Book #9 - A Stolen Life

A Stolen Life
Jaycee Dugard
Finished reading 2/14/2012

Gripping memoir of the eleven-year-old girl who was abducted from a bus stop in South Lake Tahoe. She was taken two hours away from home, where she lived as a prisoner in a lunatic's backyard for the next eighteen years. This is a story of survival in the face of sexual and emotional abuse.

Thursday, March 1, 2012

Book # 8 - An Ordinary Man

An Ordinary Man
Paul Rusesabagina
7 CD Audiorecording, finished 2/2/2012

Moving autobiography of the man who inspired the film "Hotel Rwanda." He had no weapons, except for his courage and his words. Armed with them, he sheltered the people who came to his hotel, the world-class Hotel de Mille Collines. He saved the lives of 1,268 people, whether they were Tutsi or Hutu. People have called him a hero, but he insisted that he was just a hotel manager doing his job. 800,000 other Rwandans were not as lucky in the fastest genocide in the world, one hundred days of massacre.

The author grounded this book in the history of Rwanda, telling the stories of years of antagonism between the Hutus and the Tutsis. He imparted wisdom from the elders, "If you do not talk to your father, you will never know what your grandfather said."

Book # 7 - A Funny Thing Happened on the Way to the Future

A Funny Thing Happened on the Way to the Future
Michael J. Fox
2 CD Audiorecording, finished 1/25/2012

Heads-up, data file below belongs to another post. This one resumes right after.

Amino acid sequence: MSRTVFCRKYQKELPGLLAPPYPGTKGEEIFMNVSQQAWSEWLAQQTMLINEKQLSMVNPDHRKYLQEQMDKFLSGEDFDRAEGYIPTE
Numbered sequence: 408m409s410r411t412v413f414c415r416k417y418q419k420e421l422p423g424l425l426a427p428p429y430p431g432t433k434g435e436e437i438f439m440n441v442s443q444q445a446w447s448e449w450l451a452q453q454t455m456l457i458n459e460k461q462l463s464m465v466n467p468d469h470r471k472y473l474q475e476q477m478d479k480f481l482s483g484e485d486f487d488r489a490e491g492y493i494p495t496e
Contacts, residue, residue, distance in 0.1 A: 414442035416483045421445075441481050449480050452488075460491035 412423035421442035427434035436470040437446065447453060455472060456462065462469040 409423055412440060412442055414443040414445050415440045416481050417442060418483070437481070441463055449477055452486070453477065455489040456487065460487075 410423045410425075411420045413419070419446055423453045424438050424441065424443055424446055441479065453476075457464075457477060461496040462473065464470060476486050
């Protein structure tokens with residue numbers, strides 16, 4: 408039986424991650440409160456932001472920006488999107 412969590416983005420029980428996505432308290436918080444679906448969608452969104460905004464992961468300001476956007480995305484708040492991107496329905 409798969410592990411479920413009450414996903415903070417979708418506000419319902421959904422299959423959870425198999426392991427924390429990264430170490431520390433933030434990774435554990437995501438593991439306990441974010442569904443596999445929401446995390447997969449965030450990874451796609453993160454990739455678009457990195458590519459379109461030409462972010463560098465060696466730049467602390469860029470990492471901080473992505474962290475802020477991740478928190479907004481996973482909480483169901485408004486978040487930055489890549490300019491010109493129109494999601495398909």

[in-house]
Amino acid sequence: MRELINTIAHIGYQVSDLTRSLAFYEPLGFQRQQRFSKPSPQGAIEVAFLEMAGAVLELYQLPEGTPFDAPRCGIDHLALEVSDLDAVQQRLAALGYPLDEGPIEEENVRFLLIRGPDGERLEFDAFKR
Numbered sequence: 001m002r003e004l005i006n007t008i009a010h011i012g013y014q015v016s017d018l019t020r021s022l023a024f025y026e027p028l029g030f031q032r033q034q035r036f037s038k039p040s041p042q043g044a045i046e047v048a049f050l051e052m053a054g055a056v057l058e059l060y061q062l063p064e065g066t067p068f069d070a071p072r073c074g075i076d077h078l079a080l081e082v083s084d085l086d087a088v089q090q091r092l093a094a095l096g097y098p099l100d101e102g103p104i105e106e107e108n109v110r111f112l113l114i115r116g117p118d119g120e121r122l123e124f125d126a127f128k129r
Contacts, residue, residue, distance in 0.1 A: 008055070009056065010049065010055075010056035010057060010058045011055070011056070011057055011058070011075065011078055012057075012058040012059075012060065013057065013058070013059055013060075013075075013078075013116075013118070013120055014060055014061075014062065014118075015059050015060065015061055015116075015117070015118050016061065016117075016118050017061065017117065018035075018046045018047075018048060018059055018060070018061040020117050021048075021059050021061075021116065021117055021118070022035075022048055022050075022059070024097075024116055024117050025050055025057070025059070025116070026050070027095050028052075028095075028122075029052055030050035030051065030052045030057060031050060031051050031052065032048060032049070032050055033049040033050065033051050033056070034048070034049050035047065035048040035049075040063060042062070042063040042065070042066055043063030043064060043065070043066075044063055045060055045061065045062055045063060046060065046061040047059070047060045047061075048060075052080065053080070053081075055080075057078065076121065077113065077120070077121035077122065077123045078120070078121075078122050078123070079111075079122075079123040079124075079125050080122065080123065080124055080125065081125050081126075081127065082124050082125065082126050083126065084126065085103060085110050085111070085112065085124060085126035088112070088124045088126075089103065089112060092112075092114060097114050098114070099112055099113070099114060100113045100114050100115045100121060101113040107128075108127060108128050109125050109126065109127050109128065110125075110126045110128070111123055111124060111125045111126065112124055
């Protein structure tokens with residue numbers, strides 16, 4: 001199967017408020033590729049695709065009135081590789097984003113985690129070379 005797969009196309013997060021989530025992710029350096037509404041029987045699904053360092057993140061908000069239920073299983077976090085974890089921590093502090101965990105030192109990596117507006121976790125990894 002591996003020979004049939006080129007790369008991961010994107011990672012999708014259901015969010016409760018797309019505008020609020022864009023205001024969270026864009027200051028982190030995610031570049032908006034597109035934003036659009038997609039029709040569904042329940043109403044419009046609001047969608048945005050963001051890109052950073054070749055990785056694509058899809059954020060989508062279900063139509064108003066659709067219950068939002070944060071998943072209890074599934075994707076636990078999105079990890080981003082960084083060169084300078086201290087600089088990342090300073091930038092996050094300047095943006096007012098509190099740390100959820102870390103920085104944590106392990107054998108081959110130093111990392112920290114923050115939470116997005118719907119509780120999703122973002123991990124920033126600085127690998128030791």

Michael J. Fox talks about being a high school drop-out, dealing with early-onset Parkinson's disease, and living in the present moment.

"I may have skipped my classes, but I did not miss any lessons."

Book # 6 - Moloka'i

Moloka'i by Alan Brennert
finished reading 2/2/2012

This is a tribute to those who inhabited the island of Moloka'i, when it was a settlement for those who have been separated from their families because of leprosy. Fr. Damien figures only in the periphery.

Rachel, a seven-year old girl, gets exiled to the island of Kalaupapa in Molokai. With the help of the nuns and her Uncle Pono, who was also exiled, she forges a new life.

This book is well-written and impeccably researched. It is an amazing in its authenticity. I met Alan Brennert in the One Book, One San Diego event. He said that in his research, he came across letters from the 1860's, including one written by Fr. Damien. He spent nine months researching before he even began to write. Alan Brennert has served a great justice to all the inhabitants of Molokai, and to their families from whom they were separated.